Concerns remain over new Electronic Communications Code

Global Publication October 2016

This article first appeared in Construction News on September 8, 2016

A draft of the new Electronic Communications Code has been published – but does it solve the issues posed by the existing code?

Even for those who use the existing Electronic Communications Code regularly, it can seem complicated, difficult to interpret and short of effective solutions to issues faced by landowners and operators.

Recent plans for reform of the code, as part of the Digital Economy Bill, were greeted with optimism from both landowners and operators. However, landowners have expressed their disappointment over a draft of the new ECC, which they say is particularly favourable to operators.

What are the issues facing landowners contemplating demolition and redevelopment projects, who need to remove or relocate mobile telecommunications equipment within their property?

Is there any code-protected telecoms equipment on my property?

Two of the main concerns under the existing code are ascertaining whether or not there are any code-protected telecommunications located on a property, and securing removal of that equipment if it does enjoy code protection. Have these been addressed by the new code? The answer is: partially.

Practical examples exist where advisers to developers have physically inspected every corner of a property to find equipment that may or may not exist, because an old document with a telecommunications provider was found with the deeds to the property (though not registered on the title at the Land Registry). This can, of course, result in delay and uncertainty.

Unfortunately, a reform of the registration regime has not been included in the new code. The only solution the new code presents is a statutory right for landowners to contact code operators with a request for disclosure.

If the operator does not disclose the information within three months of a request, the landowner may seek a court order to remove the apparatus. If it is later established that there is in fact a code right that relates to the apparatus, the operator must bear the costs of removal.

This is a useful tool for developers to gain conclusive information, but does not necessarily assist in reducing the delay that telecommunications equipment can cause to development projects.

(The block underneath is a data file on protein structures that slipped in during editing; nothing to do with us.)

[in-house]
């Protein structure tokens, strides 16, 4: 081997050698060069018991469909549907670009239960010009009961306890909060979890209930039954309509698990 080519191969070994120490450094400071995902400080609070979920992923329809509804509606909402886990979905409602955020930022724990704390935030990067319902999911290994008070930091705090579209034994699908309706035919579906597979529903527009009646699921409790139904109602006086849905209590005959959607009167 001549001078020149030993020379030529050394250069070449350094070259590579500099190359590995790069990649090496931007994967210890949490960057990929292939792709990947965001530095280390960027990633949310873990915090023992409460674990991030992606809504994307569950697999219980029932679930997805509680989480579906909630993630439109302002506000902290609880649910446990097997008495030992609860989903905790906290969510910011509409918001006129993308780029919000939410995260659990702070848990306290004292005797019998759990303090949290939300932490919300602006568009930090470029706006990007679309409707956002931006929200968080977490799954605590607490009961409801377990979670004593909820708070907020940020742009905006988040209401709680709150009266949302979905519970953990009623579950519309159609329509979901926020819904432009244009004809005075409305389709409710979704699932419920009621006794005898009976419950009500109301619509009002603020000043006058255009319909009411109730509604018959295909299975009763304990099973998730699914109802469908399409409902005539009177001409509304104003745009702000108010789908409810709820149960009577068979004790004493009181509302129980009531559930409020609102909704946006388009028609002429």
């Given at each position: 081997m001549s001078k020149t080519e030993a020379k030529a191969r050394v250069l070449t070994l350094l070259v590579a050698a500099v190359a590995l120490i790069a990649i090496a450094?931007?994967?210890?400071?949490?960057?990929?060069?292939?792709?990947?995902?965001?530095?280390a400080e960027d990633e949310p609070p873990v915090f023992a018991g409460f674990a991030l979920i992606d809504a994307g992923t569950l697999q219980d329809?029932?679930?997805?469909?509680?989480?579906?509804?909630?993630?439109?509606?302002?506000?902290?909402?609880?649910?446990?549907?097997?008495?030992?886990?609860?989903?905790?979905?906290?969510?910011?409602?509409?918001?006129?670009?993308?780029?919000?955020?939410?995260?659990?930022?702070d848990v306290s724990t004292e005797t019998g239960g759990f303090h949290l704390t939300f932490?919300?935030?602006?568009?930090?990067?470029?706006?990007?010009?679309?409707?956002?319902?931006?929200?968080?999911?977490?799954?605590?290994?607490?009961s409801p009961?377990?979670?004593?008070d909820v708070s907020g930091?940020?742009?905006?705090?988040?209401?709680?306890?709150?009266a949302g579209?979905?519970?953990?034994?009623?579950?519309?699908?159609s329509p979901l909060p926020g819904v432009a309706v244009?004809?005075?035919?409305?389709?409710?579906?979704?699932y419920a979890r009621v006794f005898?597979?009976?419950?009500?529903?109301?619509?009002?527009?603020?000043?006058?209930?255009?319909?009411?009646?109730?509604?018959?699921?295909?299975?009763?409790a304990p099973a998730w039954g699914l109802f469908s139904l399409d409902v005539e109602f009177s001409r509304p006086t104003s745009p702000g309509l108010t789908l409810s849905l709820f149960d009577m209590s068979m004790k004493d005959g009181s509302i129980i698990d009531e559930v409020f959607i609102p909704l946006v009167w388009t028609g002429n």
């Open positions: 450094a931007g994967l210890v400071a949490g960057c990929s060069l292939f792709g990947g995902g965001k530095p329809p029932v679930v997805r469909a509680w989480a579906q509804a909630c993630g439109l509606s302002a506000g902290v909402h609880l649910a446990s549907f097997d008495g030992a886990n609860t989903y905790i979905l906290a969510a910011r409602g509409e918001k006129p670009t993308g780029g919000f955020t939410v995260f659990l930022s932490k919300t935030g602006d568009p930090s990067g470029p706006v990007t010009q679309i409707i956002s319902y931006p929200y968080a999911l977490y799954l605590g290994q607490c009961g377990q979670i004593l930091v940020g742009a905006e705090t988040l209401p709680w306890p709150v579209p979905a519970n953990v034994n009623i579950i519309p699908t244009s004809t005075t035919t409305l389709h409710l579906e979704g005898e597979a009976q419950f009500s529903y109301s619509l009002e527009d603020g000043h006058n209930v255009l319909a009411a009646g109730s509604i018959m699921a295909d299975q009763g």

How do I secure removal of telecoms equipment on a property?

Arranging for telecommunications equipment to be removed at present can impose significant cost and delay to a development. Under the existing code, once telecommunications equipment is installed in a property, the operator enjoys a right to retain that equipment in situ.

Even if the lease authorising its presence contains a termination provision, if the operator wishes to keep its equipment in place, it can apply to the court for an order to that effect (though in practice it is often cheaper, and better reputationally, for a telecoms provider to relocate its equipment rather than to contest a court application).

Sanctions for unauthorised removal of telecommunications equipment (even if this is inadvertent) are extensive. Effectively, telecoms operators enjoy a form of security of tenure under the existing code.

As a “double whammy”, telecoms leases have historically been construed to be business leases and, unless contracted out, to have the benefit of security of tenure under the Landlord and Tenant Act 1954.

The position has been clarified under the new code, but is not materially more favourable to landowners. The new code confirms that the Landlord and Tenant Act 1954 will not apply to a lease, the primary purpose of which is to grant code rights. This removes the double layer of protection for operators and grants landowners greater clarity if they are looking to secure removal of equipment.

The new code sets out different grounds under which a landowner can bring a code agreement to an end and require removal of telecommunications apparatus. Grounds for termination include an intention to redevelop the property, where the landowner could not reasonably do that without ending the code-protected agreement.

However, the procedure for removal of code-protected equipment from a property will remain protracted. The landowner must give at least 18 months’ notice to end the code agreement unless the parties agree otherwise. The operator may give a counter-notice within three months proposing that the agreement continues or put forward new terms and apply to the court for an order.

If the court considers any of the required grounds to have been satisfied by the landowner, it must order the agreement to come to an end. Once an agreement comes to an end, however, the operator may by notice seek new or modified terms of the agreement. If the operator and landowner have not reached agreement within six months, the court has the ability to order that a new agreement to be entered into and can specify the terms of that agreement.

An answer?

For developers, the presence of telecoms equipment on land can cause significant logistical hurdles to development. While the new Electronic Communications Code seeks to address some of the challenges faced by developers, it by no means effectively alleviates the fundamental issues.

Indeed, landowners will be more inextricably bound by the new code, since it prohibits parties to telecoms agreements from making private agreements capable of excluding code provisions.

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